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Kenya recently amended its Income Tax Act to introduce what is known as a digital service tax.[1] The amendment took effect on January 1, 2021.[2] The amendment adds a new section 12E to the Income Tax Act that states:

(1) Notwithstanding any other provision of this Act, a tax to be known as digital service tax shall be payable by a person whose income from the provision of services is derived from or accrues in Kenya through a digital market place:

Provided that a resident person or a non-resident person with a permanent establishment in Kenya shall offset the digital service tax paid against the tax payable for that year of income.

(2) The tax payable under subsection (1) shall be due at the time of the transfer of the payment for the service to the service provider.[3]

The amendment provides that the applicable rate of tax “in respect of digital service tax under section 12E shall be one point five per cent of the gross transaction value.”[4]

The Cabinet Secretary for National Treasury and Planning also recently issued the Income Tax (Digital Service Tax) Regulations, 2020, which also took effect on January 1, 2021.[5] According to the Regulations, digital services subject to digital service tax include:

(a) streaming and downloadable services of digital content, including but not limited to movies, videos, music, applications, online games and e-books;

(b) transmission of data collected about users which has been generated from such users’ activities on a digital marketplace, however monetized;

(c) provision of a digital marketplace, website or other online applications that link buyers and sellers;

(d) subscription-based media including news, magazines and journals; (e) electronic data management including website hosting, online data warehousing, file-sharing and cloud storage services;

(e) supply of search-engine and automated helpdesk services including supply of customized search engine services;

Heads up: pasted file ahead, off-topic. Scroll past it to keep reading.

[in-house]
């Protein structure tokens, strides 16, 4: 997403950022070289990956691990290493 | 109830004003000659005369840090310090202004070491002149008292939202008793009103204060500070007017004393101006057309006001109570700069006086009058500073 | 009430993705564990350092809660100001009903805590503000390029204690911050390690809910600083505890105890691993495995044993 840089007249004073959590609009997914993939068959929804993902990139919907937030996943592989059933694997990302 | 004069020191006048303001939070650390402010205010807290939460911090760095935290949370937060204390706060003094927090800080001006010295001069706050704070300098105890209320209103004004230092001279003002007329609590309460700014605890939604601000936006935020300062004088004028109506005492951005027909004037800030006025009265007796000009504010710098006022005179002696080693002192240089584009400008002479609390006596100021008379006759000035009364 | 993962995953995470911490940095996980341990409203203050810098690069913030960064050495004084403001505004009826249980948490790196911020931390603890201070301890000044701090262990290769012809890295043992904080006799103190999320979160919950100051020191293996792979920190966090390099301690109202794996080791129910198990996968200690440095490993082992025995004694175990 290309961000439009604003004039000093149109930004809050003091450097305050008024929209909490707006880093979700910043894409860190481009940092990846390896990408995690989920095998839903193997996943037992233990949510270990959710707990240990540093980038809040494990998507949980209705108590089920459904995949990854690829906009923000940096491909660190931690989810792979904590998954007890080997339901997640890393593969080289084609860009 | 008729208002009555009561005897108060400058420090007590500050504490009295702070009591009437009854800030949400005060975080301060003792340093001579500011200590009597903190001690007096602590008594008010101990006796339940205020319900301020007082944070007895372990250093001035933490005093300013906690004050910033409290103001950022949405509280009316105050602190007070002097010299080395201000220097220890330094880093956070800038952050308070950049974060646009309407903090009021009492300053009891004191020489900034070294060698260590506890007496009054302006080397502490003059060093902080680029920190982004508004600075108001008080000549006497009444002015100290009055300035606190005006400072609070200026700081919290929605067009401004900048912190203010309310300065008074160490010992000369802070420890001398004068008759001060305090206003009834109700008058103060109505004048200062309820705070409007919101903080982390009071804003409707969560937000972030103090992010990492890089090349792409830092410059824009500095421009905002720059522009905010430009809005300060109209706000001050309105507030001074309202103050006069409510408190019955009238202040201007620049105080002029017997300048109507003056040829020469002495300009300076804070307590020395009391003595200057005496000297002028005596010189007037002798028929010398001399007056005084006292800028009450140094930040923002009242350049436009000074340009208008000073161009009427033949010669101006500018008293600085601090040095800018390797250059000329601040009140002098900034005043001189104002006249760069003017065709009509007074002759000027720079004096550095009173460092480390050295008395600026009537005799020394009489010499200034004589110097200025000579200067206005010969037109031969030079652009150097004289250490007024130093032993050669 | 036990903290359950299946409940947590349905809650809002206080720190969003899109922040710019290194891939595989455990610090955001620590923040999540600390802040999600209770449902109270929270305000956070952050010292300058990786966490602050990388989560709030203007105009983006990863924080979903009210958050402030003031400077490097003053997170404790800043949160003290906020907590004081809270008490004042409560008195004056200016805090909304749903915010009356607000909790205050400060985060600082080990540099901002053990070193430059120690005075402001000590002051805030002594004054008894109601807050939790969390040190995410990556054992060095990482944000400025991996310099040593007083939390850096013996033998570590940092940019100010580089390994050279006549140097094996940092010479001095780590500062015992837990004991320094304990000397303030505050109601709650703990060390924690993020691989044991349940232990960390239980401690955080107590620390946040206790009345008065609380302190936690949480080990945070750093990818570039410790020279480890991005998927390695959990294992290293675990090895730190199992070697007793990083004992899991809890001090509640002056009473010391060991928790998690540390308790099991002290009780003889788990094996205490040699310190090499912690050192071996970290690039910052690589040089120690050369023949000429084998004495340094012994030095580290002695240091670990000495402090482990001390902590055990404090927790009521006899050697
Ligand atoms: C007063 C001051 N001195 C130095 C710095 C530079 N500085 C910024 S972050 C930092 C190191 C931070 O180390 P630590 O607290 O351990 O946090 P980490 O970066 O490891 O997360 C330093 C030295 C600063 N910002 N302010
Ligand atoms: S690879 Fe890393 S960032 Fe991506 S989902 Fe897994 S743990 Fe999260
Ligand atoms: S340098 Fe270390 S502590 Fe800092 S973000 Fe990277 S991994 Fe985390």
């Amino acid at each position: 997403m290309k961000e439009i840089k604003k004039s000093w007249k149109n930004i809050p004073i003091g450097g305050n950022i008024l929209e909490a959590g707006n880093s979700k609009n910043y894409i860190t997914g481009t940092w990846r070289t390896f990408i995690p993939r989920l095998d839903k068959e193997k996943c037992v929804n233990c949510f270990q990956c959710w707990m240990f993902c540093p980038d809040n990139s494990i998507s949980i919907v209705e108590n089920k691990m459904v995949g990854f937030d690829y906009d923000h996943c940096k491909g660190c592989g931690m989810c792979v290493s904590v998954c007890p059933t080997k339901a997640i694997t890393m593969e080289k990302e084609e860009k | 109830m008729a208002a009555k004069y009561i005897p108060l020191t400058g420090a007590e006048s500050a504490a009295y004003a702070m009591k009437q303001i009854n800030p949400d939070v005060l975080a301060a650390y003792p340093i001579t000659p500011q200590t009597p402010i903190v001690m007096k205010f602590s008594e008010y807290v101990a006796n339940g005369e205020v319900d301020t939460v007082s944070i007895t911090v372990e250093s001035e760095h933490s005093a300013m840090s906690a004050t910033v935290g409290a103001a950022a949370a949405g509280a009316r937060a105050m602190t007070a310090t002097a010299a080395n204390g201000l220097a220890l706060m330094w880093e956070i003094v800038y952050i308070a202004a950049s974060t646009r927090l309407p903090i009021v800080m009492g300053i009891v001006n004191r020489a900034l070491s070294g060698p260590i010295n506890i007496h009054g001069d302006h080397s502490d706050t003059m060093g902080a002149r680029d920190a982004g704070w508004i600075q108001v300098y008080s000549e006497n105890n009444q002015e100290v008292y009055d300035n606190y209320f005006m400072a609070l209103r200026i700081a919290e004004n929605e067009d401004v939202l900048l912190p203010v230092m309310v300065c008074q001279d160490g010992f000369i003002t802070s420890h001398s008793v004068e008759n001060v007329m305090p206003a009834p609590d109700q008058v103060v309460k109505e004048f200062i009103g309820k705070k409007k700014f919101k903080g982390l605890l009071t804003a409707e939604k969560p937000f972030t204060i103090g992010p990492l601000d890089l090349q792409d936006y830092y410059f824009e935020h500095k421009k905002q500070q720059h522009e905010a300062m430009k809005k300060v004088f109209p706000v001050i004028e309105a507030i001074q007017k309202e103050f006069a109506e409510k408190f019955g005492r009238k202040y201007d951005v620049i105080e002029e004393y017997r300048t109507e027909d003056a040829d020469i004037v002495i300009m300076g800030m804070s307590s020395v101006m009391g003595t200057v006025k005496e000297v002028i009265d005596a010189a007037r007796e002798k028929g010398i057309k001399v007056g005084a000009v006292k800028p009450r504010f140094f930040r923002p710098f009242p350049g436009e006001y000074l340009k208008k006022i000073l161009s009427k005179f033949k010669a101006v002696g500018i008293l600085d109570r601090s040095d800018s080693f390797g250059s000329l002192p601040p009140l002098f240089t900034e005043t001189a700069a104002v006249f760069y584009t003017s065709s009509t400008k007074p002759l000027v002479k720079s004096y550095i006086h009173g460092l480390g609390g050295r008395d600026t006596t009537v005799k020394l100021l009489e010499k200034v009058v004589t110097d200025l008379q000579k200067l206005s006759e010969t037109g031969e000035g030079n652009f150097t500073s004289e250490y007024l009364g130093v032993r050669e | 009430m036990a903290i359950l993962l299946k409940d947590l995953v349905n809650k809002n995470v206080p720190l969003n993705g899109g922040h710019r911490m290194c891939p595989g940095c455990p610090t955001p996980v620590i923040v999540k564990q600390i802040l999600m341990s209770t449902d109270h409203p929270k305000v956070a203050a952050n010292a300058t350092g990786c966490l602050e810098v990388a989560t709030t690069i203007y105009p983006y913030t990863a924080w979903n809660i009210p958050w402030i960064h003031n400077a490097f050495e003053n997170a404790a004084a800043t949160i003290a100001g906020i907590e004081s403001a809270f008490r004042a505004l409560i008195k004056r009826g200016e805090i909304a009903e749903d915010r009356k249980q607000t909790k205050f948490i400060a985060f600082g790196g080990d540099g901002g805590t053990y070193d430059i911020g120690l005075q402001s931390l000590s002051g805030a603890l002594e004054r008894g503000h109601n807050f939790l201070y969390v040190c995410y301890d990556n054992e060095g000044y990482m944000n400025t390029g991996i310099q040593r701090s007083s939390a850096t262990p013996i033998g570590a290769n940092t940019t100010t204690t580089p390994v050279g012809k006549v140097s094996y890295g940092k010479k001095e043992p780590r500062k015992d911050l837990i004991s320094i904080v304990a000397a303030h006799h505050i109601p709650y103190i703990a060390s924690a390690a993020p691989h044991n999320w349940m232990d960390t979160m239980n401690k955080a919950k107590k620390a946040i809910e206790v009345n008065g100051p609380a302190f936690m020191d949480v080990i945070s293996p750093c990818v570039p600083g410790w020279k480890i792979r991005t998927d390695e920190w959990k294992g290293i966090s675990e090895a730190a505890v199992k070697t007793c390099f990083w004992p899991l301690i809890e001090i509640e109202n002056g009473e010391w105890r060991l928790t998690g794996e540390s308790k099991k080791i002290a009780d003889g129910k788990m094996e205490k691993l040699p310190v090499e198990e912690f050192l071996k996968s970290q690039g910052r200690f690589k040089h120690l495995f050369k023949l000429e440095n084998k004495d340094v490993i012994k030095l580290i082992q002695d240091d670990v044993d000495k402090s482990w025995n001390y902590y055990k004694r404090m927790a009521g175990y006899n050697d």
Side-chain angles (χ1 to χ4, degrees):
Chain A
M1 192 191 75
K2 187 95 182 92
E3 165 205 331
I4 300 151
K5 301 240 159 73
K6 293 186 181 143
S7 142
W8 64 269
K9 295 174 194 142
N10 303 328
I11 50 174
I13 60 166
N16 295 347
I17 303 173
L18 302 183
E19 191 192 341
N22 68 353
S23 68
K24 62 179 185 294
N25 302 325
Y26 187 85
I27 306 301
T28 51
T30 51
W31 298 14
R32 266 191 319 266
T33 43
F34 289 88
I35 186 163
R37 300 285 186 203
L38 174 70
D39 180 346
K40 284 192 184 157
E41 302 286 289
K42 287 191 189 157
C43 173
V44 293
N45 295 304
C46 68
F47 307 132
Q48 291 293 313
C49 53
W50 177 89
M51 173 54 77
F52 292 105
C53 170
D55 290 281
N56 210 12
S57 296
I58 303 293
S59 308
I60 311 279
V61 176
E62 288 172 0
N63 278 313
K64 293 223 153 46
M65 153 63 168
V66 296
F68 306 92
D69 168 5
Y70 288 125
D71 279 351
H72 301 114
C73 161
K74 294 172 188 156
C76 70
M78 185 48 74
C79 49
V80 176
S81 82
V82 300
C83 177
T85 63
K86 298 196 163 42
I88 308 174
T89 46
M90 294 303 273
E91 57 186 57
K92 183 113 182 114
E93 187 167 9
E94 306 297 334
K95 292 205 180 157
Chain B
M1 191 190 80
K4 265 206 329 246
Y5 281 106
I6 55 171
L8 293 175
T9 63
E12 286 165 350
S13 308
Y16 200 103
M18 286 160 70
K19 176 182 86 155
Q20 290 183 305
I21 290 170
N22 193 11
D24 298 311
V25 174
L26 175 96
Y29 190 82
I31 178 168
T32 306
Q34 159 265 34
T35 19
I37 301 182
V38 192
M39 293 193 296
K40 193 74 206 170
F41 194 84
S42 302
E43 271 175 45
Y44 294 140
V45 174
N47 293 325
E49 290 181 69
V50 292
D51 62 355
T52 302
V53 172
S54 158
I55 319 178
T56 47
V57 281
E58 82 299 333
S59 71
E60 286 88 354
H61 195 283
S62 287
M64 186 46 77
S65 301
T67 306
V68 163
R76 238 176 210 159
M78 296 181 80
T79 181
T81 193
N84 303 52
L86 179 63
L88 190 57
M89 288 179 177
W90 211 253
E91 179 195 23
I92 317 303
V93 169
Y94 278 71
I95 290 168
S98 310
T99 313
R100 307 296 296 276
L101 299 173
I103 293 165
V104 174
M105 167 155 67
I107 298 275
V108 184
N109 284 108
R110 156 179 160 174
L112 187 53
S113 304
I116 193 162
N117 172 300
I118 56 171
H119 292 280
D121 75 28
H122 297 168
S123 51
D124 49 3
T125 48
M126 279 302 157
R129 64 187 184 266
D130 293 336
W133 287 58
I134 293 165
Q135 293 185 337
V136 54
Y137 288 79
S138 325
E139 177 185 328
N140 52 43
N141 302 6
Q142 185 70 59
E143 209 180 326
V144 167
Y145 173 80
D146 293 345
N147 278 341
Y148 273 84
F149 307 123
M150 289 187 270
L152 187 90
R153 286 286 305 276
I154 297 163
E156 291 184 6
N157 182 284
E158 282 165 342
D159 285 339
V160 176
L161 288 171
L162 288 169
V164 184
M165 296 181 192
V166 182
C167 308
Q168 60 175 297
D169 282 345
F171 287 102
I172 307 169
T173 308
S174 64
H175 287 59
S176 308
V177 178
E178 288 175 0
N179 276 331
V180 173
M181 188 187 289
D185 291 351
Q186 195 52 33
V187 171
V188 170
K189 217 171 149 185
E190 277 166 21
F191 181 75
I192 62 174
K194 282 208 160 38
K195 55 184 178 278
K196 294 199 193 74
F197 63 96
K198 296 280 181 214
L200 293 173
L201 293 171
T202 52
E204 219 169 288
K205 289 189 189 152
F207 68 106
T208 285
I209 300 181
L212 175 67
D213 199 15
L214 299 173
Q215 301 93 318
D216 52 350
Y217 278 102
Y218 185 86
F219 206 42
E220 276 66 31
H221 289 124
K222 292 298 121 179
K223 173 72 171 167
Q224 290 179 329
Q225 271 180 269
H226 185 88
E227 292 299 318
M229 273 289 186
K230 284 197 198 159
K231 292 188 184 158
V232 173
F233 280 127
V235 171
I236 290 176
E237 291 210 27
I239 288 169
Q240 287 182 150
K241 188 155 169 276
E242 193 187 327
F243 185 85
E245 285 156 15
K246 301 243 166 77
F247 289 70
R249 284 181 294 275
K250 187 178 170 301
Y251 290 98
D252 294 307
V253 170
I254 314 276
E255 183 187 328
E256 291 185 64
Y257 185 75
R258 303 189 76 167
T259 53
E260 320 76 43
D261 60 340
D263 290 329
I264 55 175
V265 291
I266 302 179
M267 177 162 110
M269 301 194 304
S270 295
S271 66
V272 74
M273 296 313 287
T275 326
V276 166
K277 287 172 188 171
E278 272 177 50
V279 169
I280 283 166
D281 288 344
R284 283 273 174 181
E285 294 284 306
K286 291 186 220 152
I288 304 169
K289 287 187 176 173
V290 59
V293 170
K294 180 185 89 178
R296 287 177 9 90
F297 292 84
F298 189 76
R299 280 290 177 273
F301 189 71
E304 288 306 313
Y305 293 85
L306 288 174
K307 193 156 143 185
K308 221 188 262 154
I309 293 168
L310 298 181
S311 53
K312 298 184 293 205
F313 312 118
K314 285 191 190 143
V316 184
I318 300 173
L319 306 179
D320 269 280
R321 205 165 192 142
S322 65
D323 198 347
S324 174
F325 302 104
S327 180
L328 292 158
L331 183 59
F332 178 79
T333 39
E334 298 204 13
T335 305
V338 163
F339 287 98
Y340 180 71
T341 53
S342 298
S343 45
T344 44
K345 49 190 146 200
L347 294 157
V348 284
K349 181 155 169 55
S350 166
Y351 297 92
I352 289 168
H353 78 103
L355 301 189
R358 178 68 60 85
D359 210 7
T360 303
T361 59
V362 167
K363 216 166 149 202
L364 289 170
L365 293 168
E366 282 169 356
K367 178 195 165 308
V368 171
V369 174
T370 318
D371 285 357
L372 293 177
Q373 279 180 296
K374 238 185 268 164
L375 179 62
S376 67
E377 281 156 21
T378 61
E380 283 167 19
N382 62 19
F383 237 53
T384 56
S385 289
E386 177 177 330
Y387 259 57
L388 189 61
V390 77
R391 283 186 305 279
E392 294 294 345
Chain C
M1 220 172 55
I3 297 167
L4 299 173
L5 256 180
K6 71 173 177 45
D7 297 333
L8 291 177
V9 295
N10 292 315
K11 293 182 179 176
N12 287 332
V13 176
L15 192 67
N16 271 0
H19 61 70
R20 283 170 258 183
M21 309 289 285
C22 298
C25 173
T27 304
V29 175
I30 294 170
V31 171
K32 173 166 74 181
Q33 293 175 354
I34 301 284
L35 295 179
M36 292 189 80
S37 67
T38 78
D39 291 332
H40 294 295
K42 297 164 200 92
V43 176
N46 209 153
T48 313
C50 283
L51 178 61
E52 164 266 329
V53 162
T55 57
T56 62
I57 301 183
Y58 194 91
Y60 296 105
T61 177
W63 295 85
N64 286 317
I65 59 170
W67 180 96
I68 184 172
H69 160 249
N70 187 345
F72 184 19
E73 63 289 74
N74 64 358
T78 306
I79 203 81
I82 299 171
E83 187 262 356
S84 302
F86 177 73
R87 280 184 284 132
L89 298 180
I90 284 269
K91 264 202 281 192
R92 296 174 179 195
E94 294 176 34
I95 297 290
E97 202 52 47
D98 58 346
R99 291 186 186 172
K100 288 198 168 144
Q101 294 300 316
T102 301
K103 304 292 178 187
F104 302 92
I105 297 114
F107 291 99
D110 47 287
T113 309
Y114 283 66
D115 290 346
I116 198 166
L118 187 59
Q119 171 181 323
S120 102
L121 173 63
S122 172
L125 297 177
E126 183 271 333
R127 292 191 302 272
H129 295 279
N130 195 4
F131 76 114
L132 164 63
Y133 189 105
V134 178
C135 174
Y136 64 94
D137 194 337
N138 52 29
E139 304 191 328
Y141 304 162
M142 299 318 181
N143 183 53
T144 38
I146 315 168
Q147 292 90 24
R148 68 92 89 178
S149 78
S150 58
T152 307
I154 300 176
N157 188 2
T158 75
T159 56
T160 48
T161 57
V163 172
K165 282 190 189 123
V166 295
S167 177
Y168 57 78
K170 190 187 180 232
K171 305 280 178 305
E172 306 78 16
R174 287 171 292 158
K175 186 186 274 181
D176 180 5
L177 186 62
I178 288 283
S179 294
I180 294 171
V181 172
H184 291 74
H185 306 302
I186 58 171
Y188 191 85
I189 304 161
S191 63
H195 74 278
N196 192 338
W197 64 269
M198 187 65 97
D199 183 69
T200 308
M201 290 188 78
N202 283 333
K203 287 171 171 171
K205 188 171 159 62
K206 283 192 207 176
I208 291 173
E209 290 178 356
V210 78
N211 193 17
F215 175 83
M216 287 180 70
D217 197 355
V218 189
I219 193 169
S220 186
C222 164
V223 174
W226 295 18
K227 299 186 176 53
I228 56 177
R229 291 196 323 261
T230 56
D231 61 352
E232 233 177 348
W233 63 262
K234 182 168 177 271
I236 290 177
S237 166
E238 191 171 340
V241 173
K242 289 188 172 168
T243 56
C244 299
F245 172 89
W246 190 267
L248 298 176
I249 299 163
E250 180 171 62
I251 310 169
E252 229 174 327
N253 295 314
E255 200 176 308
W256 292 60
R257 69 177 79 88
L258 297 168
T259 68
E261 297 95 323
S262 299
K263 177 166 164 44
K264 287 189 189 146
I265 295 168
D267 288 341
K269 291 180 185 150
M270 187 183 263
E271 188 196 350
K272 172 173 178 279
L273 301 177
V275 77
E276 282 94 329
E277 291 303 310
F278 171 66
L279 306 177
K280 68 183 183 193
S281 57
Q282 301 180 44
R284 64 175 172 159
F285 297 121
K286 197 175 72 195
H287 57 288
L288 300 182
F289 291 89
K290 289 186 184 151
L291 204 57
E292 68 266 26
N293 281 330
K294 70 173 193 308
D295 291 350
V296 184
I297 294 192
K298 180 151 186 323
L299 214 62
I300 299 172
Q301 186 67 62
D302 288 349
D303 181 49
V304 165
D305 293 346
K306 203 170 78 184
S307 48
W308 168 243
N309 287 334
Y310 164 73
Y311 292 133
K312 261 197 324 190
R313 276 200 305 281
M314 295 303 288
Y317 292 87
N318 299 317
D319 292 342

(f) tickets bought for live events, theatres, restaurants e.t.c purchased through the internet:

(g) online distance teaching via pre-recorded medium or elearning, including online courses;

(h) any other service provided or delivered through an online digital or electronic platform excluding any service whose payment is subject withholding tax under section 35 of the Act.[6]

Although neither the Act nor the Regulations expressly spell it out, an official with the Kenya Revenue Authority (the Kenyan version of the Internal Revenue Service in the United States) recently noted that the digital service tax would be applicable to cryptocurrency transactions.[7]

The remarks appear not to have addressed block rewards or reward tokens, however.

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Prepared by Hanibal Goitom
Chief, FCIL I
January 2021


[1] Finance Act No. 8 of 2020, § 4, Kenya Gazette Supplement (Special Issue), No. 104 (Jun. 30, 2020), https://perma.cc/E85Y-ZGKE

[2] Id. § 1.

[3] Id. § 4.

[4] Id.

[5] Income Tax (Digital Service Tax) Regulations, 2020, § 1, https://perma.cc/WMZ7-ZQH5.

[6] Id. § 3.

[7] Jeffrey Gogo, Foreign Crypto Exchanges Like Paxful, Binance to Pay 1.5% Tax under Kenya’s New Regulations, Bitcoin.com (Oct. 16, 2020), https://perma.cc/4Y7H-XPS7.

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Last Updated: 02/05/2021